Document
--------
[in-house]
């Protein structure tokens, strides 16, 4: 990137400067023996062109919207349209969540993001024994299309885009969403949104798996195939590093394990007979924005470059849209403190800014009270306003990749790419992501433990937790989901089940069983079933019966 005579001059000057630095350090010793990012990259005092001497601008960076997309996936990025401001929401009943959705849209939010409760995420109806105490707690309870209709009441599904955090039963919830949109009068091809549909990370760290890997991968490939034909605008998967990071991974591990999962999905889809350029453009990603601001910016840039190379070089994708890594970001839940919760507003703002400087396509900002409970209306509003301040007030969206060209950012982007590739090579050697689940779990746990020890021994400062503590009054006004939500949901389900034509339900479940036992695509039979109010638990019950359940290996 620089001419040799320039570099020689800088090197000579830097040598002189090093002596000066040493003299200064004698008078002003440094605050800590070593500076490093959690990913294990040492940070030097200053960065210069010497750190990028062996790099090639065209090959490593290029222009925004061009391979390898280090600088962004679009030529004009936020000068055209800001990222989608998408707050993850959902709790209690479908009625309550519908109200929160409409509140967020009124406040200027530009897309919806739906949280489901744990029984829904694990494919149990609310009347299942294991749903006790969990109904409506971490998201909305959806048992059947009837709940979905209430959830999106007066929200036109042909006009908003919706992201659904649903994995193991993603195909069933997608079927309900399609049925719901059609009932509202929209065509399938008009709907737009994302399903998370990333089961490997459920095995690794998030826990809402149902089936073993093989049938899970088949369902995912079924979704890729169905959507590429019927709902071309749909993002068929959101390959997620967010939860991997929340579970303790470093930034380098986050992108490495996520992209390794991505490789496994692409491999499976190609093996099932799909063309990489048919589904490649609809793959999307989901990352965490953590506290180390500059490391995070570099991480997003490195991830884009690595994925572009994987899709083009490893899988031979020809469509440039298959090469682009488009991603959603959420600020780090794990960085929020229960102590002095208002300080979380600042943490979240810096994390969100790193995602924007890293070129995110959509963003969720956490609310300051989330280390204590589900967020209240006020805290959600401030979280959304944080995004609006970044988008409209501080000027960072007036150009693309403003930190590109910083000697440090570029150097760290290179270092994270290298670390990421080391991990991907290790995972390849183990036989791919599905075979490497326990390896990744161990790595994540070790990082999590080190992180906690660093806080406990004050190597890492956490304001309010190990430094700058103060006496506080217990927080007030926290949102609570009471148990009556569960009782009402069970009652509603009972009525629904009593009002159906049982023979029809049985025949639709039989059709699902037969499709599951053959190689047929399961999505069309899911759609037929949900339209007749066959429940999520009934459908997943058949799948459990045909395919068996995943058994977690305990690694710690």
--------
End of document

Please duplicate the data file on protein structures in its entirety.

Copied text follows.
[in-house]
């Protein structure tokens, strides 16, 4: 990137400067023996062109919207349209969540993001024994299309885009969403949104798996195939590093394990007979924005470059849209403190800014009270306003990749790419992501433990937790989901089940069983079933019966 005579001059000057630095350090010793990012990259005092001497601008960076997309996936990025401001929401009943959705849209939010409760995420109806105490707690309870209709009441599904955090039963919830949109009068091809549909990370760290890997991968490939034909605008998967990071991974591990999962999905889809350029453009990603601001910016840039190379070089994708890594970001839940919760507003703002400087396509900002409970209306509003301040007030969206060209950012982007590739090579050697689940779990746990020890021994400062503590009054006004939500949901389900034509339900479940036992695509039979109010638990019950359940290996 620089001419040799320039570099020689800088090197000579830097040598002189090093002596000066040493003299200064004698008078002003440094605050800590070593500076490093959690990913294990040492940070030097200053960065210069010497750190990028062996790099090639065209090959490593290029222009925004061009391979390898280090600088962004679009030529004009936020000068055209800001990222989608998408707050993850959902709790209690479908009625309550519908109200929160409409509140967020009124406040200027530009897309919806739906949280489901744990029984829904694990494919149990609310009347299942294991749903006790969990109904409506971490998201909305959806048992059947009837709940979905209430959830999106007066929200036109042909006009908003919706992201659904649903994995193991993603195909069933997608079927309900399609049925719901059609009932509202929209065509399938008009709907737009994302399903998370990333089961490997459920095995690794998030826990809402149902089936073993093989049938899970088949369902995912079924979704890729169905959507590429019927709902071309749909993002068929959101390959997620967010939860991997929340579970303790470093930034380098986050992108490495996520992209390794991505490789496994692409491999499976190609093996099932799909063309990489048919589904490649609809793959999307989901990352965490953590506290180390500059490391995070570099991480997003490195991830884009690595994925572009994987899709083009490893899988031979020809469509440039298959090469682009488009991603959603959420600020780090794990960085929020229960102590002095208002300080979380600042943490979240810096994390969100790193995602924007890293070129995110959509963003969720956490609310300051989330280390204590589900967020209240006020805290959600401030979280959304944080995004609006970044988008409209501080000027960072007036150009693309403003930190590109910083000697440090570029150097760290290179270092994270290298670390990421080391991990991907290790995972390849183990036989791919599905075979490497326990390896990744161990790595994540070790990082999590080190992180906690660093806080406990004050190597890492956490304001309010190990430094700058103060006496506080217990927080007030926290949102609570009471148990009556569960009782009402069970009652509603009972009525629904009593009002159906049982023979029809049985025949639709039989059709699902037969499709599951053959190689047929399961999505069309899911759609037929949900339209007749066959429940999520009934459908997943058949799948459990045909395919068996995943058994977690305990690694710690």